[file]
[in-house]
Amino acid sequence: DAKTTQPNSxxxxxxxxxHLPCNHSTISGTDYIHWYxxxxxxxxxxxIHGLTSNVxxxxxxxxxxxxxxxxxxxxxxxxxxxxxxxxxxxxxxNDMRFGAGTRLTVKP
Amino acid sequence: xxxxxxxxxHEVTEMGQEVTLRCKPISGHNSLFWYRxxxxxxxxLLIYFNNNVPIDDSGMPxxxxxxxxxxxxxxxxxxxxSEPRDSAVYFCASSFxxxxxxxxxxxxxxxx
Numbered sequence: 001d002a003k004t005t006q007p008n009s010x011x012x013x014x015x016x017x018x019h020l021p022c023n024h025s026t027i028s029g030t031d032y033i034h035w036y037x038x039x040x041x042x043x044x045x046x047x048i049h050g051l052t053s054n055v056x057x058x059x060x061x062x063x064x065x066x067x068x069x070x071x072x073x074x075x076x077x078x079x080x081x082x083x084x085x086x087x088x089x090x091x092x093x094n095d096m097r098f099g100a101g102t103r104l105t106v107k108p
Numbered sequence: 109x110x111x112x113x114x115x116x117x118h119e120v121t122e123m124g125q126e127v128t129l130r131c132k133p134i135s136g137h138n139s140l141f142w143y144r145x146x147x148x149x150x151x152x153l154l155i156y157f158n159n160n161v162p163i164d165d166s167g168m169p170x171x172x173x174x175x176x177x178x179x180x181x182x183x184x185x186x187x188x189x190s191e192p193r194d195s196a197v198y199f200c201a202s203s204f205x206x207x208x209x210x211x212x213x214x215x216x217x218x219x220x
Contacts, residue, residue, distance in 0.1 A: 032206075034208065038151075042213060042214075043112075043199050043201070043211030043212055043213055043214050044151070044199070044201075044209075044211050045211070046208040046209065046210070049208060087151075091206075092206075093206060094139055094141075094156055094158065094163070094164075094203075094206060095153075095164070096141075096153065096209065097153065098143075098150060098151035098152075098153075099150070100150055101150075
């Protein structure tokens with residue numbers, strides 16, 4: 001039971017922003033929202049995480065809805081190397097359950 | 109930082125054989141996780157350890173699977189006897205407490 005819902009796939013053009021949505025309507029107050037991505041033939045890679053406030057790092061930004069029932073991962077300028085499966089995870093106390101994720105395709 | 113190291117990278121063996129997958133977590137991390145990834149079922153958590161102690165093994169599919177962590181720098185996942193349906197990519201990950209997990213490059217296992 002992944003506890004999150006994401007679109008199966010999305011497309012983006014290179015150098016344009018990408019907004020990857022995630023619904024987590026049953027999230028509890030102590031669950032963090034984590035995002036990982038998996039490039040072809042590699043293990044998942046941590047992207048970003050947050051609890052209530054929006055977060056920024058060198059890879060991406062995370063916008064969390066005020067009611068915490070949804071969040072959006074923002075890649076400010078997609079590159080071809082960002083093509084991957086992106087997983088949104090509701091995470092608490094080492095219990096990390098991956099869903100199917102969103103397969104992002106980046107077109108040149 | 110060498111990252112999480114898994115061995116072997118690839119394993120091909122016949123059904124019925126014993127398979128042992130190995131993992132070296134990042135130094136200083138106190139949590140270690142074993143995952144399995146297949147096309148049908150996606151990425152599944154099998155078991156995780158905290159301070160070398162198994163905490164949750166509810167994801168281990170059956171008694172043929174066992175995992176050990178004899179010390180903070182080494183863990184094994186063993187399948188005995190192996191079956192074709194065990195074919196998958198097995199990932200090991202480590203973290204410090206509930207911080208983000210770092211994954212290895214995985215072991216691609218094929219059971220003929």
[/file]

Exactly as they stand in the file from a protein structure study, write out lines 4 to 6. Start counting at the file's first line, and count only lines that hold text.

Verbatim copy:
Numbered sequence: 001d002a003k004t005t006q007p008n009s010x011x012x013x014x015x016x017x018x019h020l021p022c023n024h025s026t027i028s029g030t031d032y033i034h035w036y037x038x039x040x041x042x043x044x045x046x047x048i049h050g051l052t053s054n055v056x057x058x059x060x061x062x063x064x065x066x067x068x069x070x071x072x073x074x075x076x077x078x079x080x081x082x083x084x085x086x087x088x089x090x091x092x093x094n095d096m097r098f099g100a101g102t103r104l105t106v107k108p
Numbered sequence: 109x110x111x112x113x114x115x116x117x118h119e120v121t122e123m124g125q126e127v128t129l130r131c132k133p134i135s136g137h138n139s140l141f142w143y144r145x146x147x148x149x150x151x152x153l154l155i156y157f158n159n160n161v162p163i164d165d166s167g168m169p170x171x172x173x174x175x176x177x178x179x180x181x182x183x184x185x186x187x188x189x190s191e192p193r194d195s196a197v198y199f200c201a202s203s204f205x206x207x208x209x210x211x212x213x214x215x216x217x218x219x220x
Contacts, residue, residue, distance in 0.1 A: 032206075034208065038151075042213060042214075043112075043199050043201070043211030043212055043213055043214050044151070044199070044201075044209075044211050045211070046208040046209065046210070049208060087151075091206075092206075093206060094139055094141075094156055094158065094163070094164075094203075094206060095153075095164070096141075096153065096209065097153065098143075098150060098151035098152075098153075099150070100150055101150075